Jorg Schmadtke not out to make friends with coaches but CV shows Liverpool have an expert
Liverpool fans may be surprised to hear Jorg Schamdtke will be the club’s new sporting director, particularly given he retired in January.
But his decision to reverse that and return with Liverpool looks to be a formality, with the 59-year-old German heading to Merseyside to put pen to paper on a short-term deal.
It’s been a turbulent period at management level for the Reds, with the master of much of their transfer brilliance, Michael Edwards, making way for Julian Ward, who is now leaving after a single season as sporting director.
It can’t be much fun replacing a man who secured Virgil van Dijk, Mohamed Salah and Alisson Becker, and also brought in an era-defining £137million for Philippe Coutinho, but that will be the task for Schmadtke.
Klopp described the former goalkeeper as a ‘very successful and smart guy’ and it’s easy to see why with a CV of restoration jobs.
Beginning his career by taking Alemannia Aachen – a second division team – to the final of the DFB Pokal and with it the UEFA Cup in 2004, there was no surprise that Hannover 96 wanted him to provide a similar turnaround, which he managed to do.
Germany’s ‘crisis club’ were taken from the relegation zone to the Europa League, a feat Shmadtke has since repeated with Cologne, but starting from the second tier.
A tie against Arsenal at the Emirates was the peak of success for the new generation of fans of the Rheinland giants, who let their sporting director know how they felt when he departed for what they believed to be the riches of Volkswagen money at Wolfsburg.
His first match back at the fierce RheinEnergieSTADION earned chants of “Schmadtke, you scammer, take three million and leave,” but they were quickly proved wrong.
He went even further with Wolfsburg, going from the relegation zone to the Champions League, but the task will be very different at Liverpool as Schmadtke reverses his decision to retire in January.
Particularly with a manager in Klopp who’s been at Anfield since 2015, a far longer leash than Schmadtke normally gives his head coaches.
“My job is more than making friends with coaches,” Schmadtke once said. “My job is to be successful.”
That was very much the case at his last and most successful job with Wolfsburg, where the team even looked like title challengers on occasion.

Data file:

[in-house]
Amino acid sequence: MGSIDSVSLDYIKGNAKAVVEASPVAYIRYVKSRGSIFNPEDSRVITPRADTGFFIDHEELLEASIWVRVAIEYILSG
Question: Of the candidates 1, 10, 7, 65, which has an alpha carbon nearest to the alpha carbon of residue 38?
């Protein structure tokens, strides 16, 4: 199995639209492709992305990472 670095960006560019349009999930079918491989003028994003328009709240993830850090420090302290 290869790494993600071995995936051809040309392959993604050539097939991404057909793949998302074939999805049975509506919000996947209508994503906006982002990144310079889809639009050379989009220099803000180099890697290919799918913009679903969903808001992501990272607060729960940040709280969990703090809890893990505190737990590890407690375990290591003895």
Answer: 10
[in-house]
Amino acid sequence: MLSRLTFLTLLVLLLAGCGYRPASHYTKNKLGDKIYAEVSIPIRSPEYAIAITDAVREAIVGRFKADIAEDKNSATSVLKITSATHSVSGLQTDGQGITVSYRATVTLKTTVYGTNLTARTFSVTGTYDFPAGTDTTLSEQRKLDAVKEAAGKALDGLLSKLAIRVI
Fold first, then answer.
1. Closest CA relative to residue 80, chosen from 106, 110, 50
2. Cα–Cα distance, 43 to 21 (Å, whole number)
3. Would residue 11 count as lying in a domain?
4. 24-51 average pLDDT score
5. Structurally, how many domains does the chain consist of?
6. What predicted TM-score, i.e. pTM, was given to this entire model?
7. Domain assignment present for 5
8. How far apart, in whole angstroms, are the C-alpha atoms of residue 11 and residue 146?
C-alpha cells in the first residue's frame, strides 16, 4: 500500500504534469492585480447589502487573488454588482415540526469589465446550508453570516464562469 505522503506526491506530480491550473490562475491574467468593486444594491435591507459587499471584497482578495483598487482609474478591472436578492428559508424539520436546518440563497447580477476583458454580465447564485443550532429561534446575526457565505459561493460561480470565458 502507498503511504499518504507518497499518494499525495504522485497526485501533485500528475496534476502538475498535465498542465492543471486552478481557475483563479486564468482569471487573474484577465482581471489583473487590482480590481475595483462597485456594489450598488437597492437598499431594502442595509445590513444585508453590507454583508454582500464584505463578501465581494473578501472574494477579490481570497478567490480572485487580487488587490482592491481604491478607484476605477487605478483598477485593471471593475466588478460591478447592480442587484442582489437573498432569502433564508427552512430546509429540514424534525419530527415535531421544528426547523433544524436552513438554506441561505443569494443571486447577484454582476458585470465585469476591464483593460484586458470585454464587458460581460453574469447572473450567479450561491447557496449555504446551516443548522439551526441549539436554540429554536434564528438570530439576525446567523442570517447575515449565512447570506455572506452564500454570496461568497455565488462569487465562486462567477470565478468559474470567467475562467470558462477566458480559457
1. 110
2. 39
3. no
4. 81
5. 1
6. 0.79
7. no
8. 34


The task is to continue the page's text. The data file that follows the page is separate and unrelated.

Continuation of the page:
Much of that was due to the hiring of Oliver Glasner from LASK in Austria, with the Tottenham-linked boss going on to win the Europa League with Eintracht Frankfurt.
However, when disagreements came over transfer activity, Glasner was dismissed, which Schmadtke will argue wasn’t his fault, as the Austrian is making similar complaints in his current job in Frankfurt.
When asked about the fallout, Schmadtke replied: “The discussion that I discuss with coaches or am not on friendly terms with me after 20 years as a manager is getting on my nerves.
“I also find that disrespectful towards me.
“It is not a logical equation when there is harmony between management and coach and then there is success. Conversely, disharmony does not mean no success.”
Under his next appointment, Mark van Bommel, there was neither disharmony or success, though, with the Dutch former midfielder’s attritional football only lasting three months at the Volkswagen Arena.
Instead he turned to a Julian Nagelsmann of sorts with the up and coming young Florian Kohfeldt, but that almost resulted in relegation.
And when there was an attempt to deflect the blame heading into the current campaign, pundits and former players weren’t happy.
“I am sure that the crisis is not due to the coach,” said experienced Bundesliga manager Peter Neururer.
“It’s pretty clear what went wrong. It has to be how the team is put together and by whom.”
Former Liverpool defender Markus Babbel agreed, saying: “He blames his mistake on the coach [Van Bommel] and I don’t think that’s okay.
“If you get Mark van Bommel, you know what kind of football you’re going to get. Then you get Kohfeldt, who is a mix of Glasner and van Bommel. The team no longer knows what you actually want.
“What bothers me about it is that it is always said that Florian is not to blame, but the predecessor. But you got him. You got a coach who stood for a completely different type of football.”
Those problems won’t be so pronounced at Liverpool, where Schmadtke certainly won’t have the power to fire Klopp, in fact the opposite might be true.
Instead his last job may give some clues, with Schmadtke grooming his assistant Marcel Schafer to replace him at Wolfsburg, and the side are now back challenging for Europe.
Head of recruitment Dave Fallows was linked with the post Schmadtke is now taking, and with a short term contract to be signed, it may be the perfect solution to set the Reds up for a bright future.